Nov. 18 Meeting Highlights Maryland Cigarette Restitution Fund Initiatives
Researchers and clinicians from the University of Maryland Greenebaum Cancer Center and the Johns Hopkins Kimmel Cancer Center will meet on Thursday, Nov. 18, 2004, to discuss important research initiatives funded by the Maryland Cigarette Restitution (CRF) Program. The fourth annual “Research Matters” conference, hosted this year by the University of Maryland Greenebaum Cancer Center, will be held from 8 a.m. to 4:15 p.m. at the Health Sciences Facility II building at 700 W. Lombard St. in Baltimore.
The keynote speaker will be Howard K. Koh, M.D., M.P.H., associate dean and professor of public health practice in the Department of Health Policy and Management at the Harvard School of Public Health. Dr. Koh, who served as Massachusetts’ health commissioner from 1997 to 2003, will discuss his state’s efforts to curb tobacco use over the past decade.
Also speaking will be Van T. Mitchell, principal deputy secretary of the Maryland Department of Health and Mental Hygiene, and Del. Talmadge Branch, (D., 45th, Baltimore), vice chairman of the House Appropriations Committee of the Maryland General Assembly.
Panel discussions will focus on research relating to the Maryland Comprehensive Cancer Control Plan, DNA methylation, and research opportunities for cancer prevention and screening in Baltimore City.
The conference is held each year to highlight cancer research underway at Maryland’s two academic medical centers funded by the Maryland Cigarette Restitution Program, which distributes millions of dollars from a legal settlement with cigarette manufacturers for cancer research, treatment, prevention and education throughout Maryland.
“Maryland serves as a national model for using cigarette restitution funds to fight cancer,” says Kevin J. Cullen, M.D., director of the University of Maryland Greenebaum Cancer Center and professor of medicine at the University of Maryland School of Medicine. “The funds have already had a major impact, helping us to expand and accelerate our research and improve our treatment programs for the benefit of all Maryland residents. Continued CRF support will help people facing cancer now and in the future.”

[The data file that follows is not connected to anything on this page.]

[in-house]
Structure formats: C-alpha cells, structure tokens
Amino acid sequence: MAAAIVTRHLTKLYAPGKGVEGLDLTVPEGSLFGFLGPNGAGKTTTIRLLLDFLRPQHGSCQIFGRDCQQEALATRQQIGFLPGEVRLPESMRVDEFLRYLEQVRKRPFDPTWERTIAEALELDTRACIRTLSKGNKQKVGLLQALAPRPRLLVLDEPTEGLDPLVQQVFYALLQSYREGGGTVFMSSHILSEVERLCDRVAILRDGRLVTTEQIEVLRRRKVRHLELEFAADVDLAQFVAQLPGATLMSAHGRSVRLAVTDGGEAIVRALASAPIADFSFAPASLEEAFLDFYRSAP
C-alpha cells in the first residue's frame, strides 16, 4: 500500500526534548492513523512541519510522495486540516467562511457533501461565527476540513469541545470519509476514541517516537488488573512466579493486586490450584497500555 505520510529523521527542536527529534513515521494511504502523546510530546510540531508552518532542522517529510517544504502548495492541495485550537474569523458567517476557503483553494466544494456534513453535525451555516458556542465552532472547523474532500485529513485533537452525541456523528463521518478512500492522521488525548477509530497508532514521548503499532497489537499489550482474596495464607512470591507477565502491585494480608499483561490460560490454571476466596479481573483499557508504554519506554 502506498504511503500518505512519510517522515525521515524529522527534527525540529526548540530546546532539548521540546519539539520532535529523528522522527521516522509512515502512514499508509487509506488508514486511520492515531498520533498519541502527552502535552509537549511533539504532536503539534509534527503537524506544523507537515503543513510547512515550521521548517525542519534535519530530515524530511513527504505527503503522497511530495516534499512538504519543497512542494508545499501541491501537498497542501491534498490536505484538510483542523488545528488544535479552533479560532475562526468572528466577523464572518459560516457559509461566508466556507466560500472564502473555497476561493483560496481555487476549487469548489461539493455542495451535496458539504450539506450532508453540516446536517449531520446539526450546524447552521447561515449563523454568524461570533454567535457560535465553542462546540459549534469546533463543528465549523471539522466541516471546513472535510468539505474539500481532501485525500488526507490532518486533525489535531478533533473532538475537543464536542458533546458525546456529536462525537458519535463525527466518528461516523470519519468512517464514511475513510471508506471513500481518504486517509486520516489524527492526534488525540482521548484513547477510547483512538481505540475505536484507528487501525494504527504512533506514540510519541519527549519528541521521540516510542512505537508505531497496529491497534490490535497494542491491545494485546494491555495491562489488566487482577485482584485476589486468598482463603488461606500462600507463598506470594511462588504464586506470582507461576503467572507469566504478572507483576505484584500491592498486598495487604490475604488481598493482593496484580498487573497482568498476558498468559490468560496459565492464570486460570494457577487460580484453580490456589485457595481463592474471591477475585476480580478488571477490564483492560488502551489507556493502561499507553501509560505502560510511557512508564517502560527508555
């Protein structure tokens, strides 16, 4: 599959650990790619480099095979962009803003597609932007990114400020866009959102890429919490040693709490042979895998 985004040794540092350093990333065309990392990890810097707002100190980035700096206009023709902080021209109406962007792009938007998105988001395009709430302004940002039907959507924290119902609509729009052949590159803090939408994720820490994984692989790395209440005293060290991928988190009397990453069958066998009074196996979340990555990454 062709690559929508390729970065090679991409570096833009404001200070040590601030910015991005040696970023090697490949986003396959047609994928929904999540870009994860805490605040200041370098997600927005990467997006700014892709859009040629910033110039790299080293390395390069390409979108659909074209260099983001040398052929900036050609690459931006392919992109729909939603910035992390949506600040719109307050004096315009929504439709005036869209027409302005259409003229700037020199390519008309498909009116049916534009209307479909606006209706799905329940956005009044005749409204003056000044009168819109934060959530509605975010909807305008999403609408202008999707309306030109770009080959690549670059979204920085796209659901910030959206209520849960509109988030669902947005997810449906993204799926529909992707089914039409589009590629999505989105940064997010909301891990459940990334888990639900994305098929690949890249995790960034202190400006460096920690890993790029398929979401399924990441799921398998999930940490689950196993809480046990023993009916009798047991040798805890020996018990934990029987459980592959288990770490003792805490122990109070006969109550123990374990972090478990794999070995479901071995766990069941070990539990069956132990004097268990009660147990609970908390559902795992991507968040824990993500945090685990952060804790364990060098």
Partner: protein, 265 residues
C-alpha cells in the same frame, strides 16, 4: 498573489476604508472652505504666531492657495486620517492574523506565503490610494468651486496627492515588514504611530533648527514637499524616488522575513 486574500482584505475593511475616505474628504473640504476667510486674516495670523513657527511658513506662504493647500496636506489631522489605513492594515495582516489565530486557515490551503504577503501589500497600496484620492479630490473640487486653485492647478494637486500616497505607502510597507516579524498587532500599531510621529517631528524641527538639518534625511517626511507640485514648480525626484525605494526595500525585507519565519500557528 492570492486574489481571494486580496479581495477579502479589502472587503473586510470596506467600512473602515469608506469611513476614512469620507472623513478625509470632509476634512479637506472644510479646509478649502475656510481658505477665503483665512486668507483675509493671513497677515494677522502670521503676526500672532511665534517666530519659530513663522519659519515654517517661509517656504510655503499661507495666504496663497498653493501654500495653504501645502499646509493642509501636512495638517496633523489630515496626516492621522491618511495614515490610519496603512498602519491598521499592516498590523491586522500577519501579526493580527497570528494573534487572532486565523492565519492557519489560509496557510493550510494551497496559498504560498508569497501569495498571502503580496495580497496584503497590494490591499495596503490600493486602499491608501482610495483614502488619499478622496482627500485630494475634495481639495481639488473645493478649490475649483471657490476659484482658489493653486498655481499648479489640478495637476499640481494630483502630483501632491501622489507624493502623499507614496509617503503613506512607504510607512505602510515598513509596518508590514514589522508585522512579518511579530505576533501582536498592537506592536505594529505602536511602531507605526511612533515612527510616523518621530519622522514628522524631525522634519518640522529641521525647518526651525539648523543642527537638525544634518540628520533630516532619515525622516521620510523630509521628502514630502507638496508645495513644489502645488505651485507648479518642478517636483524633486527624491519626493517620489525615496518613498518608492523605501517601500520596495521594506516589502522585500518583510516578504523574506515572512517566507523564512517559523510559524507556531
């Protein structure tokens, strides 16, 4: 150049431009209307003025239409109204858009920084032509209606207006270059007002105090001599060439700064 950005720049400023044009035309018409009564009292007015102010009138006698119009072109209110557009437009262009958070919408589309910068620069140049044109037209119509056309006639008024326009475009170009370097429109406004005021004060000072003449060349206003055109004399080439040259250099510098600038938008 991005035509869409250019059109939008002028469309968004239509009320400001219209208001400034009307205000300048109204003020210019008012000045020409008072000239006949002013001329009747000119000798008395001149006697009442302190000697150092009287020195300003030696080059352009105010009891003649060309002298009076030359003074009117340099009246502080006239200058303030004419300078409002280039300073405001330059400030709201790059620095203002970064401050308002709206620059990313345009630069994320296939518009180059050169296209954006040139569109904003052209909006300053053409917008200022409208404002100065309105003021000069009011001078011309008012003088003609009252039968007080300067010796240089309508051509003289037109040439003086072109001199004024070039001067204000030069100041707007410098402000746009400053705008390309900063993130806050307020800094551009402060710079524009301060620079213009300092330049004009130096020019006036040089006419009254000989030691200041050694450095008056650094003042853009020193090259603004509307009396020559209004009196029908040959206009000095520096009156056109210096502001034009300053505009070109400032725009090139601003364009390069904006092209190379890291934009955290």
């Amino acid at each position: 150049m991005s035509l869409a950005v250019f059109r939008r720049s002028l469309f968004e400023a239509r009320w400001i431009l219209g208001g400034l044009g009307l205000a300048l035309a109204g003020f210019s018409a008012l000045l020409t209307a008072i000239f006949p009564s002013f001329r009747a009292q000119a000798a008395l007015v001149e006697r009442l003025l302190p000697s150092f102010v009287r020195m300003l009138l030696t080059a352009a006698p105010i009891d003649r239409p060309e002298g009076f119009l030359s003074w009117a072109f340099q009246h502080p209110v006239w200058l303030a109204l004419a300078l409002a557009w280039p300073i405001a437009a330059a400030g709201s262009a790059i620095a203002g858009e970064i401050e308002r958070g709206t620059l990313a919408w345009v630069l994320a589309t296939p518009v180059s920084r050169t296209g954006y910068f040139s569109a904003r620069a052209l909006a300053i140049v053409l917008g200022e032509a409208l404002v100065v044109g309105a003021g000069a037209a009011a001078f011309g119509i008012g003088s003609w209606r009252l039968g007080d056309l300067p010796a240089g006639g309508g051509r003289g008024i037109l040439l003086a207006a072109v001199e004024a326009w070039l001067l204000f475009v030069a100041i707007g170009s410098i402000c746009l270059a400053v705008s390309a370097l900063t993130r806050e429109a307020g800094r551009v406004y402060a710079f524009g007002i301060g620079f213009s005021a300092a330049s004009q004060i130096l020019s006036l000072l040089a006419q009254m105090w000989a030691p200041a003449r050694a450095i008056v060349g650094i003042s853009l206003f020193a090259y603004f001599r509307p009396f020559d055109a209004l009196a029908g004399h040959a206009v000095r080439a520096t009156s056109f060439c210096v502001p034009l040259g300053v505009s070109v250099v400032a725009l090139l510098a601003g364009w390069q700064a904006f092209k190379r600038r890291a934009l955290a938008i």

Martin D. Abeloff, M.D., director of the Johns Hopkins Kimmel Cancer Center, says, “We have used the CRF funds well, and we are making real, measurable advances in the prevention, early detection, and treatment of cancer, a disease that takes a very high human and financial toll on Maryland citizens. We are beginning to see a great return on the CRF investment. As long as we stay the course, we will realize the full promise of the CRF in making progress against cancer in Maryland and throughout the nation.”
Researchers at the two cancer centers have been collaborating on a variety of research projects, including studies of lung as well as head and neck cancers, and will soon be working together on a $10 million grant from the U.S. Department of Defense to study ways to halt the spread of breast cancer. This year, the cancer centers have also started a collaborative grant program using CRF monies, with each center contributing up to $40,000 a year to fund joint research projects.
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